GENEVA: The United Nations released a bombshell report into serious human rights abuses in China’s Xinjiang region late on Wednesday (Aug 31), saying torture allegations were credible and citing possible crimes against humanity.
The report, in the making for around a year, was released in Geneva at 11.47pm on Wednesday – just 13 minutes before Michelle Bachelet’s four-year term as UN High Commissioner for Human Rights expired.
The former Chilean president was determined to ensure the report saw the light of day – despite intense pressure from an infuriated Beijing.
“I said that I would publish it before my mandate ended and I have,” Bachelet said in an email sent to AFP.
“The issues are serious – and I raised them with high-level national and regional authorities in the country.”
China has been accused for years of detaining more than one million Uyghurs and other Muslim minorities in the far-western Xinjiang region.
Campaigners have accused China of a litany of abuses, while Beijing has vehemently rejected the claims, insisting it is running vocational training centres in Xinjiang designed to counter extremism.
Bachelet eventually decided that a full assessment was needed of the situation inside the Xinjiang Uyghur Autonomous Region (XUAR).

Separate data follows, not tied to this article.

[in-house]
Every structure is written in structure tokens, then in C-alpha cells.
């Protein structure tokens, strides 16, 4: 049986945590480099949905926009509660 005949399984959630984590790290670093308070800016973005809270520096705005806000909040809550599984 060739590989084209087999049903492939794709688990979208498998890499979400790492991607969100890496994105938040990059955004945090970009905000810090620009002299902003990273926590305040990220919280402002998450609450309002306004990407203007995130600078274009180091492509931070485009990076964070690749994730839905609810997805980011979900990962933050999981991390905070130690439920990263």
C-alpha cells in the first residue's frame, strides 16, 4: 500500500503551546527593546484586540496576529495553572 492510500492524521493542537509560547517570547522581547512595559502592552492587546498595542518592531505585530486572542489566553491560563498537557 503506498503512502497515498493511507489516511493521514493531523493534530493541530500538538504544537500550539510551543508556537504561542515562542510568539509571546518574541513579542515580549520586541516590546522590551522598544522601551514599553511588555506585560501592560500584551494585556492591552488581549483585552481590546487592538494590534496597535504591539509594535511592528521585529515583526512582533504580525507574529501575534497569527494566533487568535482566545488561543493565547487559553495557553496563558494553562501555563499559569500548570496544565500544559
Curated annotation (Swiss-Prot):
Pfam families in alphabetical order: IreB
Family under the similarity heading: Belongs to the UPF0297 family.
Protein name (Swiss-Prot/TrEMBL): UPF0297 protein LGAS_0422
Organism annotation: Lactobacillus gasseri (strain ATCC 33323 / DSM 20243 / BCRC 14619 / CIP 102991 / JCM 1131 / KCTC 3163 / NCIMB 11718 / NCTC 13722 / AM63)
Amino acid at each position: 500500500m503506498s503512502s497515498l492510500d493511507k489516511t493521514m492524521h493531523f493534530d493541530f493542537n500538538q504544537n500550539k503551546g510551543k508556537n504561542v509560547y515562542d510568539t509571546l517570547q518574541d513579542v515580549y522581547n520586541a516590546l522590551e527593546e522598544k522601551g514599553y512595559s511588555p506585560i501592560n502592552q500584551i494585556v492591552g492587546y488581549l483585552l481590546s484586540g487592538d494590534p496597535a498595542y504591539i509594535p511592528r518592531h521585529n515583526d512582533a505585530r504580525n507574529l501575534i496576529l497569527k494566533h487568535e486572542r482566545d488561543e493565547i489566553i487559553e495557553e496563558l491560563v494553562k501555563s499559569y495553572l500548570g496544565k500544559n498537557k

TORTURE ALLEGATIONS “CREDIBLE”
“Serious human rights violations have been committed in XUAR in the context of the government’s application of counter-terrorism and counter-‘extremism’ strategies,” the report said.
The assessment raised concerns about the treatment of people held in China’s so-called “Vocational Education and Training Centres”.
“Allegations of patterns of torture or ill-treatment, including forced medical treatment and adverse conditions of detention, are credible, as are allegations of individual incidents of sexual and gender-based violence,” the report said.
“The extent of arbitrary and discriminatory detention of members of Uyghur and other predominantly Muslim groups, pursuant to law and policy, in context of restrictions and deprivation more generally of fundamental rights enjoyed individually and collectively, may constitute international crimes, in particular crimes against humanity,” it added.